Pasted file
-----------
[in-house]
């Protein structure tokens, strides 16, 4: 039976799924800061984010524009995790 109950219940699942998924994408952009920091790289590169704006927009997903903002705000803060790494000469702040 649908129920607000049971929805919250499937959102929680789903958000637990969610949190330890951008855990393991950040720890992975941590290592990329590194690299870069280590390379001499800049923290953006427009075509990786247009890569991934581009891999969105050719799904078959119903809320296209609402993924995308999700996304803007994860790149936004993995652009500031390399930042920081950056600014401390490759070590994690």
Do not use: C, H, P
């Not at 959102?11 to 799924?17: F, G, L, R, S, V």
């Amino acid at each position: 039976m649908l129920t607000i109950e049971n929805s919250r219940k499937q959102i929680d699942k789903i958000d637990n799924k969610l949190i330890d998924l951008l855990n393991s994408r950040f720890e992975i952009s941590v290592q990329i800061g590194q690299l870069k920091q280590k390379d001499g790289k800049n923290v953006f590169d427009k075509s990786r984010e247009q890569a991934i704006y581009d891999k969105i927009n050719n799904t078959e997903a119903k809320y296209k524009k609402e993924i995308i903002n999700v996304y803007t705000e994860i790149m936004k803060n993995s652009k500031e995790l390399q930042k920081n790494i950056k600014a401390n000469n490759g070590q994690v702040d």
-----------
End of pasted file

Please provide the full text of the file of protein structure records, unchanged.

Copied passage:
[in-house]
């Protein structure tokens, strides 16, 4: 039976799924800061984010524009995790 109950219940699942998924994408952009920091790289590169704006927009997903903002705000803060790494000469702040 649908129920607000049971929805919250499937959102929680789903958000637990969610949190330890951008855990393991950040720890992975941590290592990329590194690299870069280590390379001499800049923290953006427009075509990786247009890569991934581009891999969105050719799904078959119903809320296209609402993924995308999700996304803007994860790149936004993995652009500031390399930042920081950056600014401390490759070590994690």
Do not use: C, H, P
């Not at 959102?11 to 799924?17: F, G, L, R, S, V």
């Amino acid at each position: 039976m649908l129920t607000i109950e049971n929805s919250r219940k499937q959102i929680d699942k789903i958000d637990n799924k969610l949190i330890d998924l951008l855990n393991s994408r950040f720890e992975i952009s941590v290592q990329i800061g590194q690299l870069k920091q280590k390379d001499g790289k800049n923290v953006f590169d427009k075509s990786r984010e247009q890569a991934i704006y581009d891999k969105i927009n050719n799904t078959e997903a119903k809320y296209k524009k609402e993924i995308i903002n999700v996304y803007t705000e994860i790149m936004k803060n993995s652009k500031e995790l390399q930042k920081n790494i950056k600014a401390n000469n490759g070590q994690v702040d």